Issuances also declined 24% on a year-on-year basis. Dealers said most companies refrained as they had already borrowed heavily in September.
Fund-raising through issuance of corporate bonds, across ratings, fell almost 50% on a month-on-month basis in October, as issuers stayed away after yields on these instruments rose by 5-10 basis points. Issuances also declined 24% on a year-on-year basis. Dealers said most companies refrained as they had already borrowed heavily in September.
“Expectations were building up that the policy normalisation could start from October MPC, which probably led to increased borrowings in September (almost double of August 2021). As a result, issuances in October were lower, at about 50% of September numbers,” said Anand Nevatia, fund manager with Trust Mutual Fund.
According to Sebi data, companies, banks and financial institutions raised Rs 46,844.59 crore in October, against Rs 92,726.69 crore in September, and Rs 62,330.82 crore in October 2020. Of the total funds raised in October, four banks – State Bank of India, Bank of Maharashtra, IndusInd Bank and Canara Bank – raised Rs 11,300 crore by issuance of Tier-I and Tier-II bonds.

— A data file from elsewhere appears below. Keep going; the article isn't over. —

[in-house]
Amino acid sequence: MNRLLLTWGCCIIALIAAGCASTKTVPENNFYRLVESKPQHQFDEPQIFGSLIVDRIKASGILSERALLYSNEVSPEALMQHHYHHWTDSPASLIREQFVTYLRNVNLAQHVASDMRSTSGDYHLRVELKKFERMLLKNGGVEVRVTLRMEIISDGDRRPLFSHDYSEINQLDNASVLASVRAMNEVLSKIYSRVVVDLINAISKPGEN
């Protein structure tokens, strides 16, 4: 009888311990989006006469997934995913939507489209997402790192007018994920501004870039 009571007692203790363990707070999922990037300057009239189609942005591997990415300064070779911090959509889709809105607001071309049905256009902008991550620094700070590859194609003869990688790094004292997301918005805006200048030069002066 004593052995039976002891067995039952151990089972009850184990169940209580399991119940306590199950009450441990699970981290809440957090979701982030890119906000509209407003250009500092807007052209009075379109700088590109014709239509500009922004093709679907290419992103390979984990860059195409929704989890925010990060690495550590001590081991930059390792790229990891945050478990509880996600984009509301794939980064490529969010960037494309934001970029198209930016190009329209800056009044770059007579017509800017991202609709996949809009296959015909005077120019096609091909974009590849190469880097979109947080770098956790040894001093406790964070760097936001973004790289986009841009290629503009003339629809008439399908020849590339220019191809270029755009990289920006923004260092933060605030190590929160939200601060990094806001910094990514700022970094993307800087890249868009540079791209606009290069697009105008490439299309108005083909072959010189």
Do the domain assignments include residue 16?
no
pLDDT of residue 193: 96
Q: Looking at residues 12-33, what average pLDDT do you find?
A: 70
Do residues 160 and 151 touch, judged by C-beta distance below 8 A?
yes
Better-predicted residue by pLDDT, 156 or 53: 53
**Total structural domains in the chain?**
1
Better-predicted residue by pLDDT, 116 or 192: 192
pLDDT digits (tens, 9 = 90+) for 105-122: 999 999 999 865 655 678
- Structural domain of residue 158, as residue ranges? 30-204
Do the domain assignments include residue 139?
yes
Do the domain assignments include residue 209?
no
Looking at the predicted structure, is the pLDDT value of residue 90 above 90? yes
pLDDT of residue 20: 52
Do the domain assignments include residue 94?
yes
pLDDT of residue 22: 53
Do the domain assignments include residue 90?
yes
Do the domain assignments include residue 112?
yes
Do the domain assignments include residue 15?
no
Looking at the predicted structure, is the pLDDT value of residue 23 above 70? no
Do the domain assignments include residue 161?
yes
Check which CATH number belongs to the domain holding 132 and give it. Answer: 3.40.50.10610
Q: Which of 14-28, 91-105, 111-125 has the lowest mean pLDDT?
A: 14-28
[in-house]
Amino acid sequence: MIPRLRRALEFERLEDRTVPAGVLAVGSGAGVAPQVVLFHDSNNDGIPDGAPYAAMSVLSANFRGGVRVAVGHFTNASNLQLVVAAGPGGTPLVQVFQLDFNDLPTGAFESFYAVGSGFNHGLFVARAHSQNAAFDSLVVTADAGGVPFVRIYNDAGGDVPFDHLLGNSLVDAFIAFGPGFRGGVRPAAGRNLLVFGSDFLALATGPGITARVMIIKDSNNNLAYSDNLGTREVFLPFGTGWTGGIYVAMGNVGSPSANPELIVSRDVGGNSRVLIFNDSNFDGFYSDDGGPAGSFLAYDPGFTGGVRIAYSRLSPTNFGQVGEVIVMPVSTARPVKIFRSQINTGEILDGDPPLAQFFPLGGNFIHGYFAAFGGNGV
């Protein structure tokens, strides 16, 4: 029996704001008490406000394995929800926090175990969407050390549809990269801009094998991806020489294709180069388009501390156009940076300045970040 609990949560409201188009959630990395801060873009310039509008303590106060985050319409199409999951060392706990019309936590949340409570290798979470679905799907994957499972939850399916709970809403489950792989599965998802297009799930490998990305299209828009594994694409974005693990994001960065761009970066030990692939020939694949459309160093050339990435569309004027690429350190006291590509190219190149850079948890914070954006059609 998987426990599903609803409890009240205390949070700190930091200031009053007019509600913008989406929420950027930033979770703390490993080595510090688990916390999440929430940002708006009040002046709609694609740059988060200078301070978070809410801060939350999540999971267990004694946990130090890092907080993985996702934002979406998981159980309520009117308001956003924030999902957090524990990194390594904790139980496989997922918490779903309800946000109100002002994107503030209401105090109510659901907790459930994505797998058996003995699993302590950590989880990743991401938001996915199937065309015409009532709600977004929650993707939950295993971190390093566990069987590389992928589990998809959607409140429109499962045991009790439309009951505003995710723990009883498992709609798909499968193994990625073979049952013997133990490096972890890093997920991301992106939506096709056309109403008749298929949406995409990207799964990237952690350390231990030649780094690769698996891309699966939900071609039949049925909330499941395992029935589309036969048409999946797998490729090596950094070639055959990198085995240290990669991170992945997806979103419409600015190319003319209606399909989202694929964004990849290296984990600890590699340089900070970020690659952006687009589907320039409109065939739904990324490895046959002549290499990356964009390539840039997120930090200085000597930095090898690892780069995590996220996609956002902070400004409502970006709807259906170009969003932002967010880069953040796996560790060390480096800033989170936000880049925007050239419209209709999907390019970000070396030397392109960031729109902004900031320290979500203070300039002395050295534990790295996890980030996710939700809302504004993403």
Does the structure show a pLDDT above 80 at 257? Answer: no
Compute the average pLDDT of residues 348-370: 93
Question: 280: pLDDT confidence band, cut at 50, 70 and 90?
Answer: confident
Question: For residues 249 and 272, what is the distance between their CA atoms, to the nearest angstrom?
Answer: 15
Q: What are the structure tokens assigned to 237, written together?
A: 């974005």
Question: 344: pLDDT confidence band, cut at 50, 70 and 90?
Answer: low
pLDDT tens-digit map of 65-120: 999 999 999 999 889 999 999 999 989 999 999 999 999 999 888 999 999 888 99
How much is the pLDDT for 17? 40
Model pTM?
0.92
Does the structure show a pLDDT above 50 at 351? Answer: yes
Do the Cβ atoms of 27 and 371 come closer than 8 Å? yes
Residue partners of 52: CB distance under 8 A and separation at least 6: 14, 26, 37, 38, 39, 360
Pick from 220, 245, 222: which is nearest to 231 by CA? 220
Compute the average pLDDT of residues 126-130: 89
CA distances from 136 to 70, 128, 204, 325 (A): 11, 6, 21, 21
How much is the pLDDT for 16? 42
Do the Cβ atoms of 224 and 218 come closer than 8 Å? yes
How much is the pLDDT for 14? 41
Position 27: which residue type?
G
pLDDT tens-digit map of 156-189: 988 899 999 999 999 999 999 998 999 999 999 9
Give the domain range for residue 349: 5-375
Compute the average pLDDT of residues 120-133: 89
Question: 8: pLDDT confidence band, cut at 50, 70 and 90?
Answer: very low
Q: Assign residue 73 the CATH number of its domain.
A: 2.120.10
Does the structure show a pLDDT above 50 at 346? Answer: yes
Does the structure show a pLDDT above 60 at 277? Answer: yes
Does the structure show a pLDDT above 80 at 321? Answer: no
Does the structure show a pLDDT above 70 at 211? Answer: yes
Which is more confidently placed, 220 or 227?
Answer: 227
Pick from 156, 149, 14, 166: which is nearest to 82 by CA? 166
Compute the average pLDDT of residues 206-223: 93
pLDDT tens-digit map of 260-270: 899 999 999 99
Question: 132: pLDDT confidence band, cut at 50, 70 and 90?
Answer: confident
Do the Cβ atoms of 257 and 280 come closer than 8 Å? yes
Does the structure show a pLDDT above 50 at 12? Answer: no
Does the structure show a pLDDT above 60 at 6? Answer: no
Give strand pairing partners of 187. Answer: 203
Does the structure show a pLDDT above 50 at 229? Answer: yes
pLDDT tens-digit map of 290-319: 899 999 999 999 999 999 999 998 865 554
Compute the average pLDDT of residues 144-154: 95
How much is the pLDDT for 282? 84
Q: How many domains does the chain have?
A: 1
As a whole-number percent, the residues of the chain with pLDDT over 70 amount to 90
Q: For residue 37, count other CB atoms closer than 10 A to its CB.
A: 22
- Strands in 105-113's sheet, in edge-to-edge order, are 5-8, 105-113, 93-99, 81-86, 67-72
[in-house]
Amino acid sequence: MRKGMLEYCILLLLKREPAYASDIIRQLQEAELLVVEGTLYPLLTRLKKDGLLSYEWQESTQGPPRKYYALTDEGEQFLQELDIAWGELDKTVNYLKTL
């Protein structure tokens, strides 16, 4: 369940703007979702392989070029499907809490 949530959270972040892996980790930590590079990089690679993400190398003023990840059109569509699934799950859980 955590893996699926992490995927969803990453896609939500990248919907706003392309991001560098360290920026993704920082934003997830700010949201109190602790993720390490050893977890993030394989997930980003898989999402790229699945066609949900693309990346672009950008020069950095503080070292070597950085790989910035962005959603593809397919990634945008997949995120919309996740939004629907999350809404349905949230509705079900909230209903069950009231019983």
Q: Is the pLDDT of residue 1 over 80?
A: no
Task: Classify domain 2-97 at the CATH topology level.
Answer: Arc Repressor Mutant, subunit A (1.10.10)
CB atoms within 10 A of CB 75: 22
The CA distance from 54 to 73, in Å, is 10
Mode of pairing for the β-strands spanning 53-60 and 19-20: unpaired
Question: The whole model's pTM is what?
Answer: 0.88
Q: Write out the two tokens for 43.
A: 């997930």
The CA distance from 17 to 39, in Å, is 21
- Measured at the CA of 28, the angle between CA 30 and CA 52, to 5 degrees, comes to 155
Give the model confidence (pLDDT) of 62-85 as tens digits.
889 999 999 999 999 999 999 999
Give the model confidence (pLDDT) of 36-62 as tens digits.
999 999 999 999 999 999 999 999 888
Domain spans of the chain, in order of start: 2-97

Apart from this, State Bank of India, National Bank for Agriculture and Rural Development, Embassy Office Parks REIT, IndusInd Bank and Housing Development Finance Corp are among larger fundraisers in October, according to data available on the electronic bidding platform of the BSE and the NSE.
The issuances dipped in October mainly because the central bank in the monetary policy started fine-tuning surplus liquidity from the banking system through VRRR auctions that led to rates on short-term instruments rising. Currently, liquidity in the banking system is estimated to be in surplus of around Rs 8 lakh crore.
The central bank’s rapid liquidity management through VRRRs has led to a surge in the weighted average reverse repo rate, which has increased by 42 basis points from mid-September to 3.79%, a Kotak Mahindra Bank report said. This was supported by a higher cut-off set by the central bank in multiple reverse repo auctions, which made market participants expect that the reverse repo rate will be hiked in the December policy.
The yield on AAA-rated corporate bonds increased by 5-10 bps in October and is now trading in the range of 5.34-38% on three-year papers, 5.82-90% on five-year papers and 6.88-95% on 10-year papers.
Dealers with some issuers said most companies are waiting for the central bank’s stance on the reverse repo rate hike in the December policy. “If RBI does not hike rate, we can expect more companies and banks to tap the market in coming days,” one dealer said.